And so it’s seething with typical self-deprecating sarcasm when Dean (on-stage in 1992) introduces the set opener as “a totally improvisational decision, a nice loose jam by Ween called ‘Big Jilm’.” The reality, of course, is that “Big Jilm” is about as spontaneous as Springsteen’s Super Bowl halftime show, which also made use of pre-recorded backing tracks, the Purist Musician’s Worst Enemy. But Dean and Gene, like the Boss in Tampa, use their charismatic personalities to transcend the music’s pre-programmed cadences. (Did I really just draw parallels between Springsteen in `09 and Ween in `92?) Clearly frustrated with nine and a half months of the same show, the duo peppers their performance with irreverent, personable stage banter, the highlights of which online music reviewer Mark Prindle lovingly compiles in his review.
Curiously, the set represents the band’s 1990 debut GodWeenSatan: The Oneness—a brilliant, schizophrenic mess of an album in its own right—far more heavily than the more recent The Pod and Pure Guava records. And, as if in an attempt by the band to counter the constraints of the DAT, these songs’ live renditions are by no means identical to their studio counterpoints: “Don’t Squeal on th’ Pusher” is rendered far noisier and messier than its originally sleazily restrained blues, “Fat Lenny” is given a slow, teaser intro, and the gorgeous “Birthday Boy” sounds as earnest as ever stripped of its unwavering fuzz sheen. The exception is the brilliantly obnoxious duo of “You Fucked Up” (“This is about that fucking bitch!”) and “Papa Zit”, each nearly indistinguishable from its 1990 recording.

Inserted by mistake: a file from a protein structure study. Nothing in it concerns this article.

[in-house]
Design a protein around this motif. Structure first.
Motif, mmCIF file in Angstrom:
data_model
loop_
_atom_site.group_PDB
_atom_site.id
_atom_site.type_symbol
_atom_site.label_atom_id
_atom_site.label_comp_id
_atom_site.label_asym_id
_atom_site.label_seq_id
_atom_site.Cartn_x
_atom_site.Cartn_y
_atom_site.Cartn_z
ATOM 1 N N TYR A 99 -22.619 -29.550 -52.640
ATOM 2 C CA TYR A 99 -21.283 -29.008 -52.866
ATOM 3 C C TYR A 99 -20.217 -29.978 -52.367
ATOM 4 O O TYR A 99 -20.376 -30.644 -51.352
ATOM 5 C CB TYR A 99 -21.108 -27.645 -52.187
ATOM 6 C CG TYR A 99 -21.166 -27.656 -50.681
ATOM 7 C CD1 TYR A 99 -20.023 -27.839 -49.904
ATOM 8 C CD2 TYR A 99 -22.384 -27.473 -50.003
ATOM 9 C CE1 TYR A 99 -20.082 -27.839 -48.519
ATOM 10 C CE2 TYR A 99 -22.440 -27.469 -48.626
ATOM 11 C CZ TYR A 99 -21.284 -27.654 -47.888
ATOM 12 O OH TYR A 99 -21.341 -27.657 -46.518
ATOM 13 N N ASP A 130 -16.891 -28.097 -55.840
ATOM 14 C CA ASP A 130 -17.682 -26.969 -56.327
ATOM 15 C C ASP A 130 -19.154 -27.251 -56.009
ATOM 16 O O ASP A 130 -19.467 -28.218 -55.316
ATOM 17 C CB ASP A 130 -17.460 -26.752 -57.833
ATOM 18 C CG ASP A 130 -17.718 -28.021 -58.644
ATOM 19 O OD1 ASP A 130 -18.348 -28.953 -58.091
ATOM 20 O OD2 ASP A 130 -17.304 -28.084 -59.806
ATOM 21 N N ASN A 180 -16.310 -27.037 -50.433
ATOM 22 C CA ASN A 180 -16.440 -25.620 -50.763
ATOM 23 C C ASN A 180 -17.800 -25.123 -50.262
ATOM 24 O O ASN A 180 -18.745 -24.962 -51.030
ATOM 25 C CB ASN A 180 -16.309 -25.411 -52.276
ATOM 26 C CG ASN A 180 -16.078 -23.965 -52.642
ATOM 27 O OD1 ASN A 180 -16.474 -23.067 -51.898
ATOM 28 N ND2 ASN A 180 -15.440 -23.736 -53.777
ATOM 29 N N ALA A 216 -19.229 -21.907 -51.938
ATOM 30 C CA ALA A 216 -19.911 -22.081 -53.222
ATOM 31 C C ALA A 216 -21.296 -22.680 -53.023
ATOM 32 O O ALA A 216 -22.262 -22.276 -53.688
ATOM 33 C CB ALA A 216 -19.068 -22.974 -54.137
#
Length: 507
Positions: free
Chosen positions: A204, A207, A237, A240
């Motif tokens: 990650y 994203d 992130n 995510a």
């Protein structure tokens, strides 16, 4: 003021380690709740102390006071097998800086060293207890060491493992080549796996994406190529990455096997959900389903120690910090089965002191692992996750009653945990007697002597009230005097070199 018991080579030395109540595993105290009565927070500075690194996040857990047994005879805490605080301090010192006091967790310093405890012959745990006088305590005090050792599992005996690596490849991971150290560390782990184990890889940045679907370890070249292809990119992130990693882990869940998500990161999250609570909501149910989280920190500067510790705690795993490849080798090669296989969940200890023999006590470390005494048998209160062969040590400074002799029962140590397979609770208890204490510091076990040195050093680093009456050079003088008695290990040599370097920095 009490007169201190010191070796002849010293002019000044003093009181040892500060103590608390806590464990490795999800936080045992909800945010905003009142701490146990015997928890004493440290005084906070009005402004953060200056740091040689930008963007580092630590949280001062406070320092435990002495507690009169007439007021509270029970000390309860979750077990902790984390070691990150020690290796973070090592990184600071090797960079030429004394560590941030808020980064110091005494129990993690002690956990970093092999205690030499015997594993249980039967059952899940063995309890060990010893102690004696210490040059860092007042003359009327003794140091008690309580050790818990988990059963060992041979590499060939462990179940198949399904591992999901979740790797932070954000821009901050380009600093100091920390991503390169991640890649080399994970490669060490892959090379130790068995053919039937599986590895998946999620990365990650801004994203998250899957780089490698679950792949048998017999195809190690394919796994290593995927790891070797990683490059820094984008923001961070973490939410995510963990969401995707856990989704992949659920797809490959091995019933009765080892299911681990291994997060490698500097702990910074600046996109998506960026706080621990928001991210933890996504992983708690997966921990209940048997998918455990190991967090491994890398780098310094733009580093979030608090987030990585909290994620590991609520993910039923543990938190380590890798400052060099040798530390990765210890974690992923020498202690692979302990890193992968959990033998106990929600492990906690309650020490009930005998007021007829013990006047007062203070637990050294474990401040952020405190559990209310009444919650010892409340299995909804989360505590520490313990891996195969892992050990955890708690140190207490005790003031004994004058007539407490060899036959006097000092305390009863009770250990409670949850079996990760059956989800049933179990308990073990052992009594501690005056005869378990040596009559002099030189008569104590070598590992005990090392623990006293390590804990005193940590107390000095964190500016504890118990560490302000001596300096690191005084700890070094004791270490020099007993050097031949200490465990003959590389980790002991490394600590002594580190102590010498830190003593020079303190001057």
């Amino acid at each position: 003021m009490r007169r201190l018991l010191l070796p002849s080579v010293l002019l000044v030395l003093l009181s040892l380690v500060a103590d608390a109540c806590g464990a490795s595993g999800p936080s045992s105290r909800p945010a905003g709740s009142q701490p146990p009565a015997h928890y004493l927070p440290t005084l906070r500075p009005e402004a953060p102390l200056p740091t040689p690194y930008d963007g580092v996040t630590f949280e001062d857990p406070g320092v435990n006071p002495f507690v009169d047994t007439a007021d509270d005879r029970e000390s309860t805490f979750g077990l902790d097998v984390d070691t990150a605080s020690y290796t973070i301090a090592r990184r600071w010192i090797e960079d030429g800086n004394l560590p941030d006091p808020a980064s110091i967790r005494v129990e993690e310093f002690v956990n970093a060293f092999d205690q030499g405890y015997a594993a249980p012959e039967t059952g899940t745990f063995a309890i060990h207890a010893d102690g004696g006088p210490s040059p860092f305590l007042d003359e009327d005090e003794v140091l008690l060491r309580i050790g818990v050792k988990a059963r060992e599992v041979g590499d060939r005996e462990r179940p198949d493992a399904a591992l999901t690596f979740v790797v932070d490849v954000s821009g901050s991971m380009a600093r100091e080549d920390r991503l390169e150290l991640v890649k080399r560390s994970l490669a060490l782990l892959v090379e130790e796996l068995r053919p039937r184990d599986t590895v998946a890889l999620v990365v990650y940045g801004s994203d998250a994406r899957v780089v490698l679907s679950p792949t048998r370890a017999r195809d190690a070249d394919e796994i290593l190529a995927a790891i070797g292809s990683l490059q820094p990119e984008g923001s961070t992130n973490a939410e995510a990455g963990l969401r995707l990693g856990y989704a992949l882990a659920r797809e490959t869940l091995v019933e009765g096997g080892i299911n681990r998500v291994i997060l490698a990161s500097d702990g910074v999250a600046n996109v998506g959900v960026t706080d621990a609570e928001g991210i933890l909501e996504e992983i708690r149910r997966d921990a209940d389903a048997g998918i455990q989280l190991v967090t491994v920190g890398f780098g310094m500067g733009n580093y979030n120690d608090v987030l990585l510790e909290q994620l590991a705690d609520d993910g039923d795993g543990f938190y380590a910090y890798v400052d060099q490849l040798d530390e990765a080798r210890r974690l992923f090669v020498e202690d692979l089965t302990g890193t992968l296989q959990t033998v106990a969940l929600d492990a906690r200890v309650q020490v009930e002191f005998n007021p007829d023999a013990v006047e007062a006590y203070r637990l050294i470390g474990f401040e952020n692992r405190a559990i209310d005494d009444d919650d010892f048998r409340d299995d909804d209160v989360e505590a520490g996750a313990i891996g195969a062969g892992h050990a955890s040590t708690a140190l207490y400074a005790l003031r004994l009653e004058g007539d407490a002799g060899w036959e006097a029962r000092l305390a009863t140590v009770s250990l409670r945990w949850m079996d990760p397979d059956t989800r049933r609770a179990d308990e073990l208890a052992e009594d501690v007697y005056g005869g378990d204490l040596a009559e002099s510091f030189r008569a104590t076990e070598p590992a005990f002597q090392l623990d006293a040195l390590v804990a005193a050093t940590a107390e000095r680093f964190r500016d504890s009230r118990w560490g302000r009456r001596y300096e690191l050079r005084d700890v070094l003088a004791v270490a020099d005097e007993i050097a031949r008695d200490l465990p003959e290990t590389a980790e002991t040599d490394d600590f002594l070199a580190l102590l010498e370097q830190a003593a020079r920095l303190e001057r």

The Pod and Pure Guava selections are also fairly removed from those albums’ druggy, reportedly disease-fueled haze, an element that pervades the sluggish tempos and cheap artificiality of the drum machines and vocal effects. “Pork Roll, Egg and Cheese” sounds slightly less creepy sans helium-voiced harmonies—“Demon Sweat” is a bit brighter, too—and the band adds to “The Goin’ Gets Tough from the Getgo” an infectious funk wah-wah guitar. Elsewhere, similarly titled prog odes “Captain Fantasy” and “Don’t Get 2 Close (2 My Fantasy)” are as deliriously tuneful as ever, with Dean’s pompous Bowie impression well intact.